Now, if we provide the data set as shown below, with the help of a number of iterations and gradient descent, the computer will find optimal value for coefficients ‘a’ and ‘b’

So, the model becomes

y = (-1) * x + (2019)

Or in other words,

present age in years = 2019 - year of birth

So, if I input ‘year** of birth’ **as 2001, ‘**present age in years’** will be calculated as 2019 minus 2001 i.e predicted value will be **18**

Note: The above model is effective for finding ‘present age in years’ only in the year 2019. If we want it to be effective for all the years to come; what extra information do you think computer needs to know? Yes, It is the year we are training our model! To incorporate it, we can make this amultivariate regressionwith ‘present_year’ as a new feature. So, the resultant model will be :

present_age_in_years = (1) * present_year+ (-1) * year_of_birth

# STATISTICAL SCORES AND COMPARISON OF OUR MODEL

If you are more interested on the statistical details of your model, **statsmodels.api** is something that you are looking for.

**statsmodels.api **has beautifully arranged *summary table* that provides a set of undeniably helpful information related to our model.

**1. T-STATISTIC**

It is measured for coefficients in our hypothesis.

The

t-statisticis the coefficient estimate divided by the standard error.

*Significance of t-statistic is that, if our regression is based on a sample consisting of 30 or more observations, the coefficient is significant with >95% confidence when it’s t-statistic satisfies th*e condition, 2 < **t-statistic** < -2.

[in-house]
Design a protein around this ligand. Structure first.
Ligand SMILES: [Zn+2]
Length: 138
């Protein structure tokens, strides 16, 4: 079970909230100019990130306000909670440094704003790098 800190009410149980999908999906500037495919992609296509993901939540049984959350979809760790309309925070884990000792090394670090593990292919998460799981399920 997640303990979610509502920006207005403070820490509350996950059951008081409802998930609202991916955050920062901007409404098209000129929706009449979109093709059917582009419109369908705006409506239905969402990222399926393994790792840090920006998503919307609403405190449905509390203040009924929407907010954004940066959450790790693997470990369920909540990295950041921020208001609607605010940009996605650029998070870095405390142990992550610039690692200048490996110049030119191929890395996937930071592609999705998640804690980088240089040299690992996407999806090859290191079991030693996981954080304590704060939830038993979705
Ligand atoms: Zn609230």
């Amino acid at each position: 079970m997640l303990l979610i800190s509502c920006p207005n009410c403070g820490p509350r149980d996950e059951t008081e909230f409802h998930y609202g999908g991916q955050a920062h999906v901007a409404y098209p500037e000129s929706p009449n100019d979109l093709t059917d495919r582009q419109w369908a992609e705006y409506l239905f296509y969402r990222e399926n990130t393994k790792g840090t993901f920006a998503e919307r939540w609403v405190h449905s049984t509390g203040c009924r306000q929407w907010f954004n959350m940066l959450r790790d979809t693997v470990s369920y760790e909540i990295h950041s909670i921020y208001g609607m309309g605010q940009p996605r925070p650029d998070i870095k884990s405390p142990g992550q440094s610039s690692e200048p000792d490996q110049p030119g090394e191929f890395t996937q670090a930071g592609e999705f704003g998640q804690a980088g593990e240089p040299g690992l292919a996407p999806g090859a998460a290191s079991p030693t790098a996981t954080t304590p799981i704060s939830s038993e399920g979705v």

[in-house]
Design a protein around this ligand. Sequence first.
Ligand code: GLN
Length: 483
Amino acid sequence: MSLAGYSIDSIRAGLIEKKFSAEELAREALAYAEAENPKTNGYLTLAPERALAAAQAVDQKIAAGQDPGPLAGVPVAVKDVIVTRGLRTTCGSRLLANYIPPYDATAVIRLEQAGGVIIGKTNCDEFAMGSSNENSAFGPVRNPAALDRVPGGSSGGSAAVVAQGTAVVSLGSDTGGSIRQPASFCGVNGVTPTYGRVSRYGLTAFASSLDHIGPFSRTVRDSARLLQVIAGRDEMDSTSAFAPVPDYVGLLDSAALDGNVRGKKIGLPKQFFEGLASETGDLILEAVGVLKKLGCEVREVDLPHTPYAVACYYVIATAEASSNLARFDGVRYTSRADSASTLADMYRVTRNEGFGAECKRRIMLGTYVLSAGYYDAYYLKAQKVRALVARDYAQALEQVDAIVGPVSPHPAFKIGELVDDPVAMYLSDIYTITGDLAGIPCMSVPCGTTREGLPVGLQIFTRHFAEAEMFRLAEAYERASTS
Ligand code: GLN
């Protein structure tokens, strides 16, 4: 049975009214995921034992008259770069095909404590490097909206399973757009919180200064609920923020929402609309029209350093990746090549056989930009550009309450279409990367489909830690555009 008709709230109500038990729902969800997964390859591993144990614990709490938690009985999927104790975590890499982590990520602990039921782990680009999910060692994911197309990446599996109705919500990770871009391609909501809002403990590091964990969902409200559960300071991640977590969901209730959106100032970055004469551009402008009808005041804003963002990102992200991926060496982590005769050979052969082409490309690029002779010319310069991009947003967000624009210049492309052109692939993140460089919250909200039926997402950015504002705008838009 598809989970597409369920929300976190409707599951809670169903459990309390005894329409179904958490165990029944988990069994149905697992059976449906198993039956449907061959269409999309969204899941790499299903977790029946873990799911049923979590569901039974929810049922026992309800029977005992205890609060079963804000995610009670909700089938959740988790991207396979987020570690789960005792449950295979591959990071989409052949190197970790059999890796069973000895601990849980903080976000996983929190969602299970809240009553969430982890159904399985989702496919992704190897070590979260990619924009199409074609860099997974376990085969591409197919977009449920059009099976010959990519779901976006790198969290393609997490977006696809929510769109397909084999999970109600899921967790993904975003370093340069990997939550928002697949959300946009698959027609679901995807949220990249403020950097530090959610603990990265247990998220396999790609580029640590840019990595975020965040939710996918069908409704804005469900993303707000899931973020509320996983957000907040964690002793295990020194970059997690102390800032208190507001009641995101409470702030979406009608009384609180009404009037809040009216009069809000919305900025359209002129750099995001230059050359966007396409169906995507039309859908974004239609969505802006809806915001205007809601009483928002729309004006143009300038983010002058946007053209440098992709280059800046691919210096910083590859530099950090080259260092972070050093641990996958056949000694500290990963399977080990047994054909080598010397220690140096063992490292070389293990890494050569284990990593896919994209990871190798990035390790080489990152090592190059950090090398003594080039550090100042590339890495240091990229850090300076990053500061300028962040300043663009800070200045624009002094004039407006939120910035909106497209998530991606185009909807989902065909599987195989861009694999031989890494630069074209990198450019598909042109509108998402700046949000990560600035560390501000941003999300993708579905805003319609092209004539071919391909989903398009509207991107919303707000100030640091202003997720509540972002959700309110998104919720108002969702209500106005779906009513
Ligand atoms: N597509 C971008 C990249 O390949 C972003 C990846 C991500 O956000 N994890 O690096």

**2. P > | t |**

It represents P value from hypothesis testing. If **P-VALUE < 0.05,** predicting variable is **significant**

**3. DETERMINANTS OF A GOOD REGRESSION — ANOVA**

**i. Sum of Squares Total (SST) : **Sum of squared difference between observation and it’s mean *i.e Dispersion of observation around the mean (similar to variance)*

**ii. Sum of Squares Regression (SSR) : **Sum of squared difference between predicted value and it’s mean of dependent variable *i.e It describes how well the line fits our data.*

If SSR = SST, model captures all the observed variability and is perfect!

**iii. Sum of Squares Error (SSE) : **sum of squared difference between observed value and predicted values.* Smaller the error, better will be our model.*

**RELATION BETWEEN THE THREE : **The more we decrease SSE, more the SSR will increase and vice versa.

SST = SSR + SSE

**4. R-SQUARED VALUE**

It is an important indicator to say how good our regression is.